Alum Grumman 14' canoe for hunting?

I need a craft for hunting (waterfowl) which means the typical water hazards in addition to thin to thick ice. I’ve been borrowing an Old Towne Laker 16 (fiberglass) and am considering a cheaper old old (60’s?) alum Grumman ~14’ two seater.

I’ll also be carring an additional person + decoys, gear, etc, so this needs to be stable of course. The Laker has proven pretty stable.

Which will stand up better to my use do you think?

Thanks for your replies.

wish the ducks
could shoot back.

Thanks for your worthless reply…
Why can’t folks on message boards the internet over manage to stay focused on the subject?


– Last Updated: Jan-01-07 7:36 PM EST –

Recreational hunters (state license and Federal Duck Stamp fees) and hunting organizations (Ducks Unlimited in particular) are a HUGE source for wetland conservation funding. Don’t be so quick to condemn.

I don’t duck hunt myself but I would think a 14’ would be a tight squeeze for 2 hunters and gear, especially if you plan on shooting from said canoe. It might get you out to the blind but I wouldn’t expect a lot more than that. Something in the 16’ range with a bit more beam, 36”+, would probably be a lot more comfortable and stable. Aluminum or Polyethylene would be good materials to go with if you’re busting a lot of ice, durable but heavy. The poly would be quieter and not as cold as the aluminum.

ETA: It wouldn't be a bad thing if paddlers bought duck stamps annually, $.98 of every $1 go toward wetland purchases and leases.

hunting canoe
Hey I went out duck hunting yesterday with another hunter, two bags of decoys, some camo netting, two guns misc. gear in a 18 ft sundowner and we were tight till we unloaded. we didn’t hunt from the boat though. If you get a longer canoe it will be more efficiant to paddle to your hunting spot and during the off season on a local river. Aluminum will be colder but might be better for breaking ice.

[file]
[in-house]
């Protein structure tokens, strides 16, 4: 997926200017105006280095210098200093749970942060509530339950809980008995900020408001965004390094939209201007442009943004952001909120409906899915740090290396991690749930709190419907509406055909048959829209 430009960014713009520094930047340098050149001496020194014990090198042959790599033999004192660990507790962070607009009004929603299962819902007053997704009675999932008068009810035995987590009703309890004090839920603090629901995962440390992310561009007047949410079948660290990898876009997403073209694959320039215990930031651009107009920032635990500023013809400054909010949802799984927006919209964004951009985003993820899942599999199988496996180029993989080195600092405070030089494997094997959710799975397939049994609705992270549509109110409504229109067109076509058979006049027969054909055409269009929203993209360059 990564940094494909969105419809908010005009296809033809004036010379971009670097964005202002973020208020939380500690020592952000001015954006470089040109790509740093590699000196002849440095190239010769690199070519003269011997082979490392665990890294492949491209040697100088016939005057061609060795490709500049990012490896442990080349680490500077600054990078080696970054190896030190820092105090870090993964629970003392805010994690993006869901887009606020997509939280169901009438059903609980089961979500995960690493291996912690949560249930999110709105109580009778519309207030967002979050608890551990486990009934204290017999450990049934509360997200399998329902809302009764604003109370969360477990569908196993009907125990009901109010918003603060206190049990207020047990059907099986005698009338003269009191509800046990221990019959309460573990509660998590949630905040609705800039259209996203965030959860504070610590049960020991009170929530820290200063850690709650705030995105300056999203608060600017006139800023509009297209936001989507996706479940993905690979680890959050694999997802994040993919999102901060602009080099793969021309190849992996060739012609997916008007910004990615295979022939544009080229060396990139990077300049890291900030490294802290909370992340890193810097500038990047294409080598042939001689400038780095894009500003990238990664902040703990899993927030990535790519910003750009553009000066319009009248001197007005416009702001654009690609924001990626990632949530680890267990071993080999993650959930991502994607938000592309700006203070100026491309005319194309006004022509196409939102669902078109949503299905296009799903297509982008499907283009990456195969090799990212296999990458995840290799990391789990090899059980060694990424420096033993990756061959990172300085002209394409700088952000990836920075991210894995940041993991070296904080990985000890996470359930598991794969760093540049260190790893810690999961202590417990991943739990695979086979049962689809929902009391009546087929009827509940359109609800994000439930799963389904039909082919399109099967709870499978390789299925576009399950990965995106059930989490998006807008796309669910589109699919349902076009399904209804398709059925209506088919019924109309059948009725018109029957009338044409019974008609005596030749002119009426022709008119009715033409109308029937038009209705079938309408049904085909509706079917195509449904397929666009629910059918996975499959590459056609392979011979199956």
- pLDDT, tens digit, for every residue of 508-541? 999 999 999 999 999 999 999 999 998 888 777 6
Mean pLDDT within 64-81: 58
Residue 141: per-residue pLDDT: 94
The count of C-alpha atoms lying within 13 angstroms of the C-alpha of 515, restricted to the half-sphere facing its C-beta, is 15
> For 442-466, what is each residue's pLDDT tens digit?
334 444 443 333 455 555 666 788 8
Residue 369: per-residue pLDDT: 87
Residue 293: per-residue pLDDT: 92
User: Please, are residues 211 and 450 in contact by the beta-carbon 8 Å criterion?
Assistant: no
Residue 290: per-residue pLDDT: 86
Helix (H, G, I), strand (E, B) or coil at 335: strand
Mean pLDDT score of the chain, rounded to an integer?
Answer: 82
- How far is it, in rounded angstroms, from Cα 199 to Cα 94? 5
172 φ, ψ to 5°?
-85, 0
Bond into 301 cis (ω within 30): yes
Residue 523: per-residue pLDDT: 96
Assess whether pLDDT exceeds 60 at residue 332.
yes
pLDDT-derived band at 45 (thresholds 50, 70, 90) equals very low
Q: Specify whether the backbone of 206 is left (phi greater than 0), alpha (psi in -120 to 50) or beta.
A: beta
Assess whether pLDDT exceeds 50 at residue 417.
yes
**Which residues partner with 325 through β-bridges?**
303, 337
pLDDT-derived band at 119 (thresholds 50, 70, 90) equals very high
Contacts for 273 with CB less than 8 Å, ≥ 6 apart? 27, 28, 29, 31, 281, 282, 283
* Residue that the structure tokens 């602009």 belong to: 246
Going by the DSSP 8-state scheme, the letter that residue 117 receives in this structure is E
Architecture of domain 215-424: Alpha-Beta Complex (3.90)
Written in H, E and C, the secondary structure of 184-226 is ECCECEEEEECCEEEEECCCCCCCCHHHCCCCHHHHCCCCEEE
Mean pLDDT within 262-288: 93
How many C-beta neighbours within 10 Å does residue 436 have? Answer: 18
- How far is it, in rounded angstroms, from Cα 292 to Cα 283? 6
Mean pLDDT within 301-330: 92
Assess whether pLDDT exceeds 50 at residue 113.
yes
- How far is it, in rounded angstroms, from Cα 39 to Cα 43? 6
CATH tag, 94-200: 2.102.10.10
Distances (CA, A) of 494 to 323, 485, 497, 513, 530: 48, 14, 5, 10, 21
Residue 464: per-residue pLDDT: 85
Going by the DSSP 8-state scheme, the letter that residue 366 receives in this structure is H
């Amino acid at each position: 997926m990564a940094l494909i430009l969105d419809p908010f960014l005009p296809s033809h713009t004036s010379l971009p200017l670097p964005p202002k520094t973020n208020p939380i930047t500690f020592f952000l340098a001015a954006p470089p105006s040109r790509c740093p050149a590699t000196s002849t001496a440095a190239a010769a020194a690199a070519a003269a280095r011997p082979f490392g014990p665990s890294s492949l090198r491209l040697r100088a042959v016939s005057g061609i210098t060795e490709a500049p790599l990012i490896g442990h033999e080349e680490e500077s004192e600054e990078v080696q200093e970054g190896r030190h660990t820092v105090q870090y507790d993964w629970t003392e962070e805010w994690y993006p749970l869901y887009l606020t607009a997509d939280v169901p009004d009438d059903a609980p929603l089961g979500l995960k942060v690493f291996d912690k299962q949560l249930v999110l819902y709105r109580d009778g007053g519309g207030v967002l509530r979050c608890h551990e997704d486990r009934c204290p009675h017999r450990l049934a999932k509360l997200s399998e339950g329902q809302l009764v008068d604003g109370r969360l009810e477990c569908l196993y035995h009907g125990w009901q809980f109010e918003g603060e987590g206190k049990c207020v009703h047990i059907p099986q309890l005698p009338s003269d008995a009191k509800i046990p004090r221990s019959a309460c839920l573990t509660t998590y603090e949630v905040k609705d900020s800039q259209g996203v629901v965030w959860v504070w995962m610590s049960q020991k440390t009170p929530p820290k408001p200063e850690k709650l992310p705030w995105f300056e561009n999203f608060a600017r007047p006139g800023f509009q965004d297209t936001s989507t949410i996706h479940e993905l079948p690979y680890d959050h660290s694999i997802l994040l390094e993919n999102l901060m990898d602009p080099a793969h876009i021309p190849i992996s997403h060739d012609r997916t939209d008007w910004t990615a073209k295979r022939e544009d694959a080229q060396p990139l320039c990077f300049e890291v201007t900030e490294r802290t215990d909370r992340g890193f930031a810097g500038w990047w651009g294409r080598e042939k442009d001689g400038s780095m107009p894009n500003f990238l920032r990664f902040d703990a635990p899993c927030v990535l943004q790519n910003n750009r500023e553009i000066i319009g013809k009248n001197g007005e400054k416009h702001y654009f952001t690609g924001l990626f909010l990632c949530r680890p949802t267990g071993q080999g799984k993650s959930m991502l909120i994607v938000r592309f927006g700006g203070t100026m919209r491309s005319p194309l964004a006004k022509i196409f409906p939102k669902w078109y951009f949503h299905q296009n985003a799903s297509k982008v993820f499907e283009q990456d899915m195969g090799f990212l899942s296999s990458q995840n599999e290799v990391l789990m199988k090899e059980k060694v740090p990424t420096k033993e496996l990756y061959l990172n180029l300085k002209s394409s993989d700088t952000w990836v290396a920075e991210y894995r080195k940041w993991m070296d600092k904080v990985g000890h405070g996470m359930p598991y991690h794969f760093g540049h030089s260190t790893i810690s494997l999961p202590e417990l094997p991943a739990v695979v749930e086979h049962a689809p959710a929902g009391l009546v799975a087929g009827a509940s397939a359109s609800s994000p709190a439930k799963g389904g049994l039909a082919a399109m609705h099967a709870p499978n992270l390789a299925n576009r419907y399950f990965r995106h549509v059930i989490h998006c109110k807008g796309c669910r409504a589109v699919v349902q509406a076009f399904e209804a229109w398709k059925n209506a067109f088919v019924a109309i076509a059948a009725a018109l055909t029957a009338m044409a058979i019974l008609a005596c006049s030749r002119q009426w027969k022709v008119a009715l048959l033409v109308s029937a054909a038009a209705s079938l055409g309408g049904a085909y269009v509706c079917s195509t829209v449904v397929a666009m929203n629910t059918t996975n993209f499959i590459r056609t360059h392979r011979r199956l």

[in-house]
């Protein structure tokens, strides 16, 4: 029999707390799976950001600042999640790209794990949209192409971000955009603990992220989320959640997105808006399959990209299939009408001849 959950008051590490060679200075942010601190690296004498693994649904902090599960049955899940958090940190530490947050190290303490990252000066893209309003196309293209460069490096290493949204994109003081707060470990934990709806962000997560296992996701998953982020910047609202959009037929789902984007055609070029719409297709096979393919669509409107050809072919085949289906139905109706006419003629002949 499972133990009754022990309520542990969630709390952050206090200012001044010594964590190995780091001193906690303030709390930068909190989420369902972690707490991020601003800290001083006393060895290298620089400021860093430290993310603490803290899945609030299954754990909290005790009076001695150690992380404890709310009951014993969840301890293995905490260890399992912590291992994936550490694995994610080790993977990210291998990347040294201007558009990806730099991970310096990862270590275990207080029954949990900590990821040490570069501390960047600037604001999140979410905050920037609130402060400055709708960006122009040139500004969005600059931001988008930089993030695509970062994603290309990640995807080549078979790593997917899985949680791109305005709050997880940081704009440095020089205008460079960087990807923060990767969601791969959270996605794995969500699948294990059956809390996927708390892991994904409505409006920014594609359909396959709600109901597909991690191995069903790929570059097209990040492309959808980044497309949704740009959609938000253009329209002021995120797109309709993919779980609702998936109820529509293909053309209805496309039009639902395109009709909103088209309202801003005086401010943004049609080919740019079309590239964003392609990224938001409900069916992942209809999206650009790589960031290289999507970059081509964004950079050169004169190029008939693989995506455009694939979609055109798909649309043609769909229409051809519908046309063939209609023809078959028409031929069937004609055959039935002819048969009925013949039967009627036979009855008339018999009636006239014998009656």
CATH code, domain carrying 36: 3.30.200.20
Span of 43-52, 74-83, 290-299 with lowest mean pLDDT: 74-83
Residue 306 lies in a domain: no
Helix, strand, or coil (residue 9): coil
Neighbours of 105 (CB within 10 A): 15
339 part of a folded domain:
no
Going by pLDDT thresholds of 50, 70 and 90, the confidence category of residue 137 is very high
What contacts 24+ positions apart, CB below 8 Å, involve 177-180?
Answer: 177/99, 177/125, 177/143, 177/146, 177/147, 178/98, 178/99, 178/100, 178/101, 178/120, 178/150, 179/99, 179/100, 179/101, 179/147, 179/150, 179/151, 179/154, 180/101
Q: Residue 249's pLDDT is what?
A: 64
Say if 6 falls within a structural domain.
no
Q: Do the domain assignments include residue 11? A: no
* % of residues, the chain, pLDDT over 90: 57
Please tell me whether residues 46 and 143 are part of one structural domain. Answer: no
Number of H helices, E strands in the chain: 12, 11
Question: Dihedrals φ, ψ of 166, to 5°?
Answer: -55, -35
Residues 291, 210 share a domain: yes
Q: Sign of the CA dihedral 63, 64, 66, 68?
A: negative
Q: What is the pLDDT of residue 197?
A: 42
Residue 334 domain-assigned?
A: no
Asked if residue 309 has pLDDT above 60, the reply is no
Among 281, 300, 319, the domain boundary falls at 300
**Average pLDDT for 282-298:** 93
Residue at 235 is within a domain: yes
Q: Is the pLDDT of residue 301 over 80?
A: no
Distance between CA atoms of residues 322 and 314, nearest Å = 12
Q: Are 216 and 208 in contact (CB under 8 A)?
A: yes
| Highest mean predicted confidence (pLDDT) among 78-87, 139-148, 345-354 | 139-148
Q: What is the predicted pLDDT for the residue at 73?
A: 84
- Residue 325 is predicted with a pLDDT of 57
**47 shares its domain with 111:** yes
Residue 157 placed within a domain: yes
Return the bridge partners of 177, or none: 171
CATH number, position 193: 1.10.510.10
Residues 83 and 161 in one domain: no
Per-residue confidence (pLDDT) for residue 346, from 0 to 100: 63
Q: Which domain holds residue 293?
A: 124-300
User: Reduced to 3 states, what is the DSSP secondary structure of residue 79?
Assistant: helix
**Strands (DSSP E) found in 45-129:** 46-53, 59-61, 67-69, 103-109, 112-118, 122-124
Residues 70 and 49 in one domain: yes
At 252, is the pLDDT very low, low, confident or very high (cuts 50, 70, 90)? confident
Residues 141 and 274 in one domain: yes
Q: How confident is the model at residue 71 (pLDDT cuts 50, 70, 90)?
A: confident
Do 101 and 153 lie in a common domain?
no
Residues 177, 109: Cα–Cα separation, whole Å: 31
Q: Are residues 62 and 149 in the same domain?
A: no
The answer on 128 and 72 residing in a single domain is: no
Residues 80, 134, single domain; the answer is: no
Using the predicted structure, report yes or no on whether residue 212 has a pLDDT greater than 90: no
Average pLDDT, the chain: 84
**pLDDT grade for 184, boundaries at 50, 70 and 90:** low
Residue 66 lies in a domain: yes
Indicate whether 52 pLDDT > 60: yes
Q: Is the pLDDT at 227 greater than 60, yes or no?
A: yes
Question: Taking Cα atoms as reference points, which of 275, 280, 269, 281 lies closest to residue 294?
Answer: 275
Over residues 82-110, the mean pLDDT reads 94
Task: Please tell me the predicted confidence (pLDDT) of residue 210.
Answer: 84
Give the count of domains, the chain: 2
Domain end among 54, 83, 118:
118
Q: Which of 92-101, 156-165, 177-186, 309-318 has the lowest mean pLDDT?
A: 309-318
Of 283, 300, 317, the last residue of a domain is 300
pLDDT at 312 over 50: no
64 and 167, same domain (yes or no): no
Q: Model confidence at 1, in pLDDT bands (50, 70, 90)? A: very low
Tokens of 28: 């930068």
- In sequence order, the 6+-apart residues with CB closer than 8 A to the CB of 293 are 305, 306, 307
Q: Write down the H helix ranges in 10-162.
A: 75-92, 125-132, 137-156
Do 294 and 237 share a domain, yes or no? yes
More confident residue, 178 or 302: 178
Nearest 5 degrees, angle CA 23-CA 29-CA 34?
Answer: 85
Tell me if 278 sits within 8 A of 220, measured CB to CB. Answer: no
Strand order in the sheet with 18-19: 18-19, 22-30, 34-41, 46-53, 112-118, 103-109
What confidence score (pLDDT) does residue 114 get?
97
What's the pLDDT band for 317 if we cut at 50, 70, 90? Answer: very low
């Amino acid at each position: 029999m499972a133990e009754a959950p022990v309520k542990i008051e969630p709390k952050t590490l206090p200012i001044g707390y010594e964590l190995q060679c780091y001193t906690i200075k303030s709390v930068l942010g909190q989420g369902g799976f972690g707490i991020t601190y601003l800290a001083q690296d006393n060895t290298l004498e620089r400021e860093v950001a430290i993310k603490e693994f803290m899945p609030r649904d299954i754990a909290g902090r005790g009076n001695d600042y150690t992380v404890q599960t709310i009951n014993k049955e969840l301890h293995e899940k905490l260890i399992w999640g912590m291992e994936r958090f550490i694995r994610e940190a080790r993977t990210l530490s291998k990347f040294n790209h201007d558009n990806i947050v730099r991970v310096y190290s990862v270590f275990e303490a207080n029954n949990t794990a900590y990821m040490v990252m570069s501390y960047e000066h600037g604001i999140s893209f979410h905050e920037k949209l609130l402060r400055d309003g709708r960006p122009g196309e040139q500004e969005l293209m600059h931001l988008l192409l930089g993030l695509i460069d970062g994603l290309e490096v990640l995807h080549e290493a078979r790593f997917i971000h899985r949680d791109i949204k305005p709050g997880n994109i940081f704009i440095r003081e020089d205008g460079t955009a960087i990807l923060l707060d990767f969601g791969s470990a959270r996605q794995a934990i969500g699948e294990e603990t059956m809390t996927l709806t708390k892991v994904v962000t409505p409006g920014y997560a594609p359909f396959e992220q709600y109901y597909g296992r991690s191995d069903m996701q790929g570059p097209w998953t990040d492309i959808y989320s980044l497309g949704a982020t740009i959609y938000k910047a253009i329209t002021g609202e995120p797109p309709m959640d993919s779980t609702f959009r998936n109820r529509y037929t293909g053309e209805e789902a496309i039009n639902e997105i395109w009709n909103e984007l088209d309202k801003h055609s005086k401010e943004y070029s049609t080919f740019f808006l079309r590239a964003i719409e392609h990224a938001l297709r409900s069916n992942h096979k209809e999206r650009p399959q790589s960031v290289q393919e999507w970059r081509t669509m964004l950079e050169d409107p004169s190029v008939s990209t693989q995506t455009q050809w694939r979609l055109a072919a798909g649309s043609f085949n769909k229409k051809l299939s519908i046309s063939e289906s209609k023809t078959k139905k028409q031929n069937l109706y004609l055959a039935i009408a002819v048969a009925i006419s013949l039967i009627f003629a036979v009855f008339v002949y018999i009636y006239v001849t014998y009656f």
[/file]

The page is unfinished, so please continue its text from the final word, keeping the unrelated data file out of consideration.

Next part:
I’m an aluminum boat kind of guy
I can’t imagine anything being better than a 14 foot Grumman for what you want to do. I wish I could find another one for Eagle watching on the Upper Delaware River.

Jon boat
Duck/Goose hunter around here use a Jon boat or their bass boat to get to their hunting area. The goose hunter stays and sits in his boat. Funny thing is, his decoys are all larger than the actual geese in this area. But he does bag a few.

As to those that are anti hunting. Your opinions are respected. But allow those that do hunt, not only for sport and food, respect also.

It likely would be helpful if the animals didn’t reproduce as they do. Then we wouldn’t have to do the annual harvesting to keep many from starving. I can’t imagine the consequences if harvesting were not allowed.

Most hunters eat what they harvest or find local families and/or charities to donate it to. We always have and while growing up, my father put a lot of meat (protein) on our table, when we had no money for store bought meat. The family also did the garden thing to help out. Every family does not have middle to upper class jobs to support their families.